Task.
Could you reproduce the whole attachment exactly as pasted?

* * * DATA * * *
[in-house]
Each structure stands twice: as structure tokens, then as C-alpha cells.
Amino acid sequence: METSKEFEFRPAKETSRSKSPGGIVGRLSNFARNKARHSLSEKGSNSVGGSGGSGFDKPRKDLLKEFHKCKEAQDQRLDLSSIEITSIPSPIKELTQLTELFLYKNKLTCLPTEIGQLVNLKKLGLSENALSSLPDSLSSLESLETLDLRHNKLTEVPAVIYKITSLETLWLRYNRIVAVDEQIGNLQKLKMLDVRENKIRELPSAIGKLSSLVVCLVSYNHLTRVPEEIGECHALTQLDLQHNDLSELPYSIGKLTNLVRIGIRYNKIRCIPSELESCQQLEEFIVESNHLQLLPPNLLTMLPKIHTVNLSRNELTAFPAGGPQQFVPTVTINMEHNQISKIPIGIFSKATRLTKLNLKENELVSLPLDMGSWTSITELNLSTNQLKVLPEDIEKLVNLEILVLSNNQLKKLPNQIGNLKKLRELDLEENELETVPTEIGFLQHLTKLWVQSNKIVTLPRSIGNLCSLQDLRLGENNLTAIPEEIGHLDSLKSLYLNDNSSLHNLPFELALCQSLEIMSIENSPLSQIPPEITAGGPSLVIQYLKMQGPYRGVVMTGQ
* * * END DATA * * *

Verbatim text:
[in-house]
Each structure stands twice: as structure tokens, then as C-alpha cells.
Amino acid sequence: METSKEFEFRPAKETSRSKSPGGIVGRLSNFARNKARHSLSEKGSNSVGGSGGSGFDKPRKDLLKEFHKCKEAQDQRLDLSSIEITSIPSPIKELTQLTELFLYKNKLTCLPTEIGQLVNLKKLGLSENALSSLPDSLSSLESLETLDLRHNKLTEVPAVIYKITSLETLWLRYNRIVAVDEQIGNLQKLKMLDVRENKIRELPSAIGKLSSLVVCLVSYNHLTRVPEEIGECHALTQLDLQHNDLSELPYSIGKLTNLVRIGIRYNKIRCIPSELESCQQLEEFIVESNHLQLLPPNLLTMLPKIHTVNLSRNELTAFPAGGPQQFVPTVTINMEHNQISKIPIGIFSKATRLTKLNLKENELVSLPLDMGSWTSITELNLSTNQLKVLPEDIEKLVNLEILVLSNNQLKKLPNQIGNLKKLRELDLEENELETVPTEIGFLQHLTKLWVQSNKIVTLPRSIGNLCSLQDLRLGENNLTAIPEEIGHLDSLKSLYLNDNSSLHNLPFELALCQSLEIMSIENSPLSQIPPEITAGGPSLVIQYLKMQGPYRGVVMTGQ